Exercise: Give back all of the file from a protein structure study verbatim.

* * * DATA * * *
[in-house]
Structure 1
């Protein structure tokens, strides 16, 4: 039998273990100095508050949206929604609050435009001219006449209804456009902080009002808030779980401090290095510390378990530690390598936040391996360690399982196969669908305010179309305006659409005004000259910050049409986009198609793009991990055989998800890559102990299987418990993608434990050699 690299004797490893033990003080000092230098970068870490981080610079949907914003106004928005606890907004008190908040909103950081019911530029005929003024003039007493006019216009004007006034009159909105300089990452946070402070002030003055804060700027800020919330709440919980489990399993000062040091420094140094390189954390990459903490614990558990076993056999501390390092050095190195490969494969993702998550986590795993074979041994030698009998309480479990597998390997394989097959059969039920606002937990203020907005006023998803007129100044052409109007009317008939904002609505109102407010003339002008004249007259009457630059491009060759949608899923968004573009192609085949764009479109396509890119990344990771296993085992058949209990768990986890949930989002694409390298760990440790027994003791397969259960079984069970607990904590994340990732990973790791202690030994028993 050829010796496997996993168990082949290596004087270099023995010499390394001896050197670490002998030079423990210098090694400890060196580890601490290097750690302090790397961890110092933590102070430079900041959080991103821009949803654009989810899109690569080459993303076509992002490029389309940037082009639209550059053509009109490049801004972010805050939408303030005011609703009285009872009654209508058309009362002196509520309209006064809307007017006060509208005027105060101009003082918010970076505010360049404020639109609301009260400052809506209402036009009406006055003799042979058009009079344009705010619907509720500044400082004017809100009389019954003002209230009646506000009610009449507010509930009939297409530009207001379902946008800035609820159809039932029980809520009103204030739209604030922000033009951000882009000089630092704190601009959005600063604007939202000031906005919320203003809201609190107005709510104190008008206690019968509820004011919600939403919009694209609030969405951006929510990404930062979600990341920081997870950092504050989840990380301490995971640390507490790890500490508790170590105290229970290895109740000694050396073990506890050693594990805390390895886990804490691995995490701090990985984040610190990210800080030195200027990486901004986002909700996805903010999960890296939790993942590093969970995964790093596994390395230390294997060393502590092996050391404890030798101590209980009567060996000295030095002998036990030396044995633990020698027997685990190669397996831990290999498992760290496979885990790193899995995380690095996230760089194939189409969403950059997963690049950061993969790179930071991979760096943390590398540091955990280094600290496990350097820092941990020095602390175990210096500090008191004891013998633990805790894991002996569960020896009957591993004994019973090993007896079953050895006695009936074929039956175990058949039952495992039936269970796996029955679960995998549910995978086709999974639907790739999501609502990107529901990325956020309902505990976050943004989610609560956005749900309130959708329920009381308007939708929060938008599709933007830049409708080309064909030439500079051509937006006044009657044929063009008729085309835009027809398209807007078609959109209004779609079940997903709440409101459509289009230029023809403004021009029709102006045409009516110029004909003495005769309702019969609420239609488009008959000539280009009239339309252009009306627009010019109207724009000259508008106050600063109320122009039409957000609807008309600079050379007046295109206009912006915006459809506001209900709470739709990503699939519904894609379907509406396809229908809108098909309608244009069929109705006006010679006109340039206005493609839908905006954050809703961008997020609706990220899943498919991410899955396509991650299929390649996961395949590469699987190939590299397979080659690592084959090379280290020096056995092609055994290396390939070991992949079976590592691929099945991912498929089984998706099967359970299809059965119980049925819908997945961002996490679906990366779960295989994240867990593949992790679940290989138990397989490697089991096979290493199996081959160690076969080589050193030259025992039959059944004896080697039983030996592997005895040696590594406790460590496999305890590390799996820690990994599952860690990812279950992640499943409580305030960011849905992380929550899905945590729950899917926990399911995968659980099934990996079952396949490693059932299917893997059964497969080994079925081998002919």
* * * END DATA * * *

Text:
[in-house]
Structure 1
């Protein structure tokens, strides 16, 4: 039998273990100095508050949206929604609050435009001219006449209804456009902080009002808030779980401090290095510390378990530690390598936040391996360690399982196969669908305010179309305006659409005004000259910050049409986009198609793009991990055989998800890559102990299987418990993608434990050699 690299004797490893033990003080000092230098970068870490981080610079949907914003106004928005606890907004008190908040909103950081019911530029005929003024003039007493006019216009004007006034009159909105300089990452946070402070002030003055804060700027800020919330709440919980489990399993000062040091420094140094390189954390990459903490614990558990076993056999501390390092050095190195490969494969993702998550986590795993074979041994030698009998309480479990597998390997394989097959059969039920606002937990203020907005006023998803007129100044052409109007009317008939904002609505109102407010003339002008004249007259009457630059491009060759949608899923968004573009192609085949764009479109396509890119990344990771296993085992058949209990768990986890949930989002694409390298760990440790027994003791397969259960079984069970607990904590994340990732990973790791202690030994028993 050829010796496997996993168990082949290596004087270099023995010499390394001896050197670490002998030079423990210098090694400890060196580890601490290097750690302090790397961890110092933590102070430079900041959080991103821009949803654009989810899109690569080459993303076509992002490029389309940037082009639209550059053509009109490049801004972010805050939408303030005011609703009285009872009654209508058309009362002196509520309209006064809307007017006060509208005027105060101009003082918010970076505010360049404020639109609301009260400052809506209402036009009406006055003799042979058009009079344009705010619907509720500044400082004017809100009389019954003002209230009646506000009610009449507010509930009939297409530009207001379902946008800035609820159809039932029980809520009103204030739209604030922000033009951000882009000089630092704190601009959005600063604007939202000031906005919320203003809201609190107005709510104190008008206690019968509820004011919600939403919009694209609030969405951006929510990404930062979600990341920081997870950092504050989840990380301490995971640390507490790890500490508790170590105290229970290895109740000694050396073990506890050693594990805390390895886990804490691995995490701090990985984040610190990210800080030195200027990486901004986002909700996805903010999960890296939790993942590093969970995964790093596994390395230390294997060393502590092996050391404890030798101590209980009567060996000295030095002998036990030396044995633990020698027997685990190669397996831990290999498992760290496979885990790193899995995380690095996230760089194939189409969403950059997963690049950061993969790179930071991979760096943390590398540091955990280094600290496990350097820092941990020095602390175990210096500090008191004891013998633990805790894991002996569960020896009957591993004994019973090993007896079953050895006695009936074929039956175990058949039952495992039936269970796996029955679960995998549910995978086709999974639907790739999501609502990107529901990325956020309902505990976050943004989610609560956005749900309130959708329920009381308007939708929060938008599709933007830049409708080309064909030439500079051509937006006044009657044929063009008729085309835009027809398209807007078609959109209004779609079940997903709440409101459509289009230029023809403004021009029709102006045409009516110029004909003495005769309702019969609420239609488009008959000539280009009239339309252009009306627009010019109207724009000259508008106050600063109320122009039409957000609807008309600079050379007046295109206009912006915006459809506001209900709470739709990503699939519904894609379907509406396809229908809108098909309608244009069929109705006006010679006109340039206005493609839908905006954050809703961008997020609706990220899943498919991410899955396509991650299929390649996961395949590469699987190939590299397979080659690592084959090379280290020096056995092609055994290396390939070991992949079976590592691929099945991912498929089984998706099967359970299809059965119980049925819908997945961002996490679906990366779960295989994240867990593949992790679940290989138990397989490697089991096979290493199996081959160690076969080589050193030259025992039959059944004896080697039983030996592997005895040696590594406790460590496999305890590390799996820690990994599952860690990812279950992640499943409580305030960011849905992380929550899905945590729950899917926990399911995968659980099934990996079952396949490693059932299917893997059964497969080994079925081998002919």